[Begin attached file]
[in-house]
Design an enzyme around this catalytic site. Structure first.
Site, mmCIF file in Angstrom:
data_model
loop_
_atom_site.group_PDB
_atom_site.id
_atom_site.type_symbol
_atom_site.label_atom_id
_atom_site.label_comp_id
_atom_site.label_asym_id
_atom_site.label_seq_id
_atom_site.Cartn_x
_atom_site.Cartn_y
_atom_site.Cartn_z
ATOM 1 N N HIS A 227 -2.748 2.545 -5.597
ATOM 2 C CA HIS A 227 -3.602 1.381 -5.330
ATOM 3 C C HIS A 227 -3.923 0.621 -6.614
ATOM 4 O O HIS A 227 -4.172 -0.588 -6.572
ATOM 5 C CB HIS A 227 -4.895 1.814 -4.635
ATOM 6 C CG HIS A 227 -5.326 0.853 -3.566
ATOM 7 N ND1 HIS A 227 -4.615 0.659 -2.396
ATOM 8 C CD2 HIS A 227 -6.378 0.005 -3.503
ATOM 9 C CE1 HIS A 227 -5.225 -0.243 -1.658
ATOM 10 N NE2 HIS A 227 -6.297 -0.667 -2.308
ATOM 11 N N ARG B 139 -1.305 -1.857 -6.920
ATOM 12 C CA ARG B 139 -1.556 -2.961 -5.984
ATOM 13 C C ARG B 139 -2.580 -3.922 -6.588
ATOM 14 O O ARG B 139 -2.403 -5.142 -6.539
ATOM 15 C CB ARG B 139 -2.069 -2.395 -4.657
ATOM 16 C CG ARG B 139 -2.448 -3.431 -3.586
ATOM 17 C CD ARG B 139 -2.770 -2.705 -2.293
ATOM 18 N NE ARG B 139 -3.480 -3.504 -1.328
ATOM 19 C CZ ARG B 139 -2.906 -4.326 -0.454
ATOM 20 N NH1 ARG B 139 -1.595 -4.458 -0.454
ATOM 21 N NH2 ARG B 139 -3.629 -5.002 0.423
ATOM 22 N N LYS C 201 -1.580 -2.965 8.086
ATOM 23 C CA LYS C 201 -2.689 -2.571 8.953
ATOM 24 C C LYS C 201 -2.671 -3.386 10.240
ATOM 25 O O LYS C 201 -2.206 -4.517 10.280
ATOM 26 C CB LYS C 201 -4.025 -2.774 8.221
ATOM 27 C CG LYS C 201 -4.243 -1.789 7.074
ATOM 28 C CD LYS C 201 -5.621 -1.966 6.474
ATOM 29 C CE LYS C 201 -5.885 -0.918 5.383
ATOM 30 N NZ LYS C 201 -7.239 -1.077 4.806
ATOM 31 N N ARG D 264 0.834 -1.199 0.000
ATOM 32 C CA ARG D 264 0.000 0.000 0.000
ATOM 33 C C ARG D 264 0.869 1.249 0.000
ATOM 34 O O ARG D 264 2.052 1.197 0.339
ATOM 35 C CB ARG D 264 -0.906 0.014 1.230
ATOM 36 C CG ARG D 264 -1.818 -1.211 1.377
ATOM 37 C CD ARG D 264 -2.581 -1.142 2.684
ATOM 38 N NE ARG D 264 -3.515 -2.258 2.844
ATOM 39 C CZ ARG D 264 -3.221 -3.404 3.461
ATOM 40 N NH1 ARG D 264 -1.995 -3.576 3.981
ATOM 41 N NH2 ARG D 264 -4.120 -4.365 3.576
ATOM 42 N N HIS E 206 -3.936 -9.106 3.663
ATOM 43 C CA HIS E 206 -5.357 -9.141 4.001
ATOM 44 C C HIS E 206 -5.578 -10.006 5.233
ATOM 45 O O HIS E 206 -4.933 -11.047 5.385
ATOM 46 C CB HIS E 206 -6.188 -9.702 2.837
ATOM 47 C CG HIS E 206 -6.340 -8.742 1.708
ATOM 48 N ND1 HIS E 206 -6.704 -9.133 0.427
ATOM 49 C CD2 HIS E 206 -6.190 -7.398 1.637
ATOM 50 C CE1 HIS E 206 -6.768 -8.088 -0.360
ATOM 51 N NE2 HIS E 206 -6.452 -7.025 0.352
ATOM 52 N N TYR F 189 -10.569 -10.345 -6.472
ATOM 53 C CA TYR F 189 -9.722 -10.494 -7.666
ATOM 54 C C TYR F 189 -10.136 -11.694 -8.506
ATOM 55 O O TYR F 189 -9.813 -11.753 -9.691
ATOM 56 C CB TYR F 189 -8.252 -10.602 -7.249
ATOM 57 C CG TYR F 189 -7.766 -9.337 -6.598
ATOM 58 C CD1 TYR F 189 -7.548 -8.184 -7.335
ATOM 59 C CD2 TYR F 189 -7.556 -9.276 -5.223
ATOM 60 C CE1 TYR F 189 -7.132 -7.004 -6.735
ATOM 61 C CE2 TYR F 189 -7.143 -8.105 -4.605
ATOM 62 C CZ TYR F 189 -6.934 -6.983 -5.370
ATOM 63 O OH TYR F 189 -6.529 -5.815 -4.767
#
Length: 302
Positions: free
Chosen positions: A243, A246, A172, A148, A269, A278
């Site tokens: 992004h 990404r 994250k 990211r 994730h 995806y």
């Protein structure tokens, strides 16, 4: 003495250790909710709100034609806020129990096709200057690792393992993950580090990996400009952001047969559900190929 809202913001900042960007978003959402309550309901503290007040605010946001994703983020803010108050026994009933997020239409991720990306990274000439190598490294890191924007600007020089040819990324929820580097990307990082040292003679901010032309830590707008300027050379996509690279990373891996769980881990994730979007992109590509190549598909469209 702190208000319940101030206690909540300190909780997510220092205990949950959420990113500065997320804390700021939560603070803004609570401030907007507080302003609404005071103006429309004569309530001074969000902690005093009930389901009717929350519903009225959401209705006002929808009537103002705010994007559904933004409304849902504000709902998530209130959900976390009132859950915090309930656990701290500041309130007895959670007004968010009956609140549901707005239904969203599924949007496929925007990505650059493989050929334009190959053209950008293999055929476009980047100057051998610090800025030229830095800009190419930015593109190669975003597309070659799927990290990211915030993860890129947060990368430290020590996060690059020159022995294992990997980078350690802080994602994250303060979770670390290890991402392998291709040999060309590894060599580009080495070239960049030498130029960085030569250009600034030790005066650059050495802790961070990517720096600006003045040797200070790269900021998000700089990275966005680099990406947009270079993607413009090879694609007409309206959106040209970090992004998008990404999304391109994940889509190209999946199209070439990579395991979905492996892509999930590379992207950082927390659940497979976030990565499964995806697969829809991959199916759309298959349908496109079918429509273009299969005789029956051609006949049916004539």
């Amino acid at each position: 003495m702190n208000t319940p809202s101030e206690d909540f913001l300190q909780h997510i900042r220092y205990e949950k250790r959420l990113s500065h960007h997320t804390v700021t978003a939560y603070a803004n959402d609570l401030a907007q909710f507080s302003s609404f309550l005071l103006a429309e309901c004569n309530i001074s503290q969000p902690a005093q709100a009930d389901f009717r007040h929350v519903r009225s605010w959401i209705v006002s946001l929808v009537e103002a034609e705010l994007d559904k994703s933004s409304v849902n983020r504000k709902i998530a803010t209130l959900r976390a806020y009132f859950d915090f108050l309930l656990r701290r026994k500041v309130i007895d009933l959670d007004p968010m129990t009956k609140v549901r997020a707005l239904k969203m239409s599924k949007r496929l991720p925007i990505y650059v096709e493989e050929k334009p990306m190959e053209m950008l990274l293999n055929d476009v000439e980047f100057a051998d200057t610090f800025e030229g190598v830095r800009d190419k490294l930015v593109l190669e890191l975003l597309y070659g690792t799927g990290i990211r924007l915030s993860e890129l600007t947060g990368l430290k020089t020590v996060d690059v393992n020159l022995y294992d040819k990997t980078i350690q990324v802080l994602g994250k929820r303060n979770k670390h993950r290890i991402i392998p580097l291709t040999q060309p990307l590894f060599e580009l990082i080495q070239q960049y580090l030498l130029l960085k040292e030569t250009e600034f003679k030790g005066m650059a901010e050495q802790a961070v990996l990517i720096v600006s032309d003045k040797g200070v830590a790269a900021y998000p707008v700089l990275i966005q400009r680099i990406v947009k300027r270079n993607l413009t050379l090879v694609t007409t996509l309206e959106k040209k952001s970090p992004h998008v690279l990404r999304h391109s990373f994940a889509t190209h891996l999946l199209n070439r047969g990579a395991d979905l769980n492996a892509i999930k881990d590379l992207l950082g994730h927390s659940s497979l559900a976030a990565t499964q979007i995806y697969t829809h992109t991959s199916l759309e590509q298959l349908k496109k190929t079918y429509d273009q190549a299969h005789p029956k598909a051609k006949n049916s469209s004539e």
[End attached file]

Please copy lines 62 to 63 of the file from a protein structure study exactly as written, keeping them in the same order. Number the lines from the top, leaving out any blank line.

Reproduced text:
ATOM 47 C CG HIS E 206 -6.340 -8.742 1.708
ATOM 48 N ND1 HIS E 206 -6.704 -9.133 0.427